by Jeannette Salas – February 2013
We covered how to get the interview here. Now you’ve made it to the face-to-face (virtual) interviews. What do you need to do be prepared?
- Research. Thoroughly research the organization prior to interview.
- How is the team marketing and advertising?
- How are they involved in the community?
- Who are the C-level executives and managers?
- Know their names and positions.
- Look up their backgrounds/bios (team website, Google; LinkedIn)
- Questions. Come up with at least five questions to ask about corporate culture, likes/dislikes, challenges, etc. Why? Good questions:
- Should be written down.
- Show interest.
- Allow you to get FREE valuable information from someone in your career choice on how to move up and be successful in your career.
The best question a candidate asked me was, “What do you like and not like about your position?” Asked sincerely, this question showed a personal interest in me and what goes on here every day.
How important is this interview to you? If you are selected from the 100’s of resumes received, I’m assuming it should be important to you. Some of these tips are for in-person interviews, but apply the same principles for virtual interviews.
- Attire: Dress professionally (suits). More on making the best first impression in the next column.
- If in-person: Arrive 10-15 minutes early. Don’t show up an hour or two early.
- Turn off your phone before the interview.
- No, turn it off. Silent is not good enough.
- Be ready to go once you step outside of the car.
- Have your hair and/or makeup done before arriving.
- Put your jacket on before you exit the car.
- You don’t know who’s watching or who you’ll meet when or where along the way.
- For virtual interviews:
- Make sure whatever is in camera view sends the right signals.
- Don’t locate in a noisy room.
- Dress like you were doing an in-person interview (suits).
- Have a padfolio and pens (and extra copies of your resume if in-person).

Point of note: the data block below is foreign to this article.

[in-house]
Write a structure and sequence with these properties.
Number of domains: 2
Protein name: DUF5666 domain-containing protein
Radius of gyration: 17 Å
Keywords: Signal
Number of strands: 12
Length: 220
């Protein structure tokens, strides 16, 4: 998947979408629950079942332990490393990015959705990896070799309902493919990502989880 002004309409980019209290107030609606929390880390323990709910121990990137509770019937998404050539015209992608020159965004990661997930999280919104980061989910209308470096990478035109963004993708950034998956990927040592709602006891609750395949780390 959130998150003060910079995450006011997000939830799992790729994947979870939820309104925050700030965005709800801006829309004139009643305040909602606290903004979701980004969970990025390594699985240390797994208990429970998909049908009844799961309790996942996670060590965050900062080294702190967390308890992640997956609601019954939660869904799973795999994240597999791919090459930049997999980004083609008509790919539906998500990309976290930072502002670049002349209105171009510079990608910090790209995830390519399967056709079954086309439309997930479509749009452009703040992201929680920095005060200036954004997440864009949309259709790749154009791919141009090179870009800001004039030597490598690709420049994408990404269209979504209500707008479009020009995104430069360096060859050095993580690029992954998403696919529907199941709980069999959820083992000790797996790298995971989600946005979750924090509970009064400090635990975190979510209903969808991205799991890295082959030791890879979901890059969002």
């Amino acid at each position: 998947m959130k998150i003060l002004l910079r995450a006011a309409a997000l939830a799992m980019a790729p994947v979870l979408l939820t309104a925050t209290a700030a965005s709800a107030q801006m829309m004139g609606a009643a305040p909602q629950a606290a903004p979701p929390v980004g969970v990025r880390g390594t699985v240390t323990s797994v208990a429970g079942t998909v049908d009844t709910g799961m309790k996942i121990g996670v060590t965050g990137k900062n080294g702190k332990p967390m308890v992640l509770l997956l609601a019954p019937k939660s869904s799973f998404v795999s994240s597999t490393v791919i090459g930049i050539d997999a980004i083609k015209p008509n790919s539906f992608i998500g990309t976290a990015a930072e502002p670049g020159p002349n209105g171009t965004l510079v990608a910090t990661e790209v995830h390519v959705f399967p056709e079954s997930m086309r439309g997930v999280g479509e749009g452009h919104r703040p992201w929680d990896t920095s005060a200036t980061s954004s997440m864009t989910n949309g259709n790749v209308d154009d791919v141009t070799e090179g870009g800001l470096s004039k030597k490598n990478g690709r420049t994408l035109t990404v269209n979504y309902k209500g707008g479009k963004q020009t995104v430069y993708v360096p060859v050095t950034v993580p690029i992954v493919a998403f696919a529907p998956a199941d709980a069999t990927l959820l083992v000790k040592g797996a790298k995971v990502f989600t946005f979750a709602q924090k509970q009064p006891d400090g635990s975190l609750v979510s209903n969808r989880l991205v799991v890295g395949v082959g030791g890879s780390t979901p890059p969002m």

- Some employers intentionally “forget” to bring your resume to the interview.
- Someone may forget a pen.
- Be prepared.
- SMILE!!! Everyone is watching you.
- That person you don’t think is watching is the person who talks to the manager right after you leave.
- Beware of windows – people like to observe and will give feedback.
- Be courteous. Yes, the receptionist counts. Double.
- Exude confidence.
- Firm handshake.
- Clear greeting, by last name (Mr. Smith). Do not be overly familiar until they say so.
- Make eye contact during interview. (But, don’t stare the person down.)
- Relax and be yourself, but remain professional regardless of interviewer’s professionalism.
- Removing jacket, unbuttoning tie, etc. is not acceptable.
- Be personable, but not overly excited.
- Keep an engaged, positive posture – no slouching.
- Don’t stare.
- Don’t fidget: Biting nails, playing with hair, tapping pen, cracking knuckles, etc.
- Stay focused.
- Listen to what is being asked and answer the question.
- Ask for clarification if you don’t understand question.
- Don’t ramble.
- Be confident in your answers:
- Don’t answer with an upswing inflection, where the cadence of the voice rises as though every sentence ends in a question mark.
- Be accountable. Everyone makes mistakes!!!!! Explain what you learned from mistakes and what you did to ensure it was not repeated.
- Be able to explain gaps in employment clearly.
- Never bash former employers or colleagues. This gives a clue as to how you might view your next employer and colleagues.
Closing the Interview
If you are interviewing for a sales position, they are looking for someone who can close a deal.
- Close the interview.
- Highlight why you are the best candidate for the position based on the needs identified during the interview.
- Show how your strengths make you a good fit for the position.
- Show enthusiasm!!!!
- Thank interviewers for their time and again give firm handshakes.
- Say goodbye to the receptionist by name (s/he always counts).
Next time we’ll cover in more detail steps to success getting jobs in professional sports, including specific do’s and don’ts of professional attire for interviewing, as well as resumes, follow-up, and cover letters.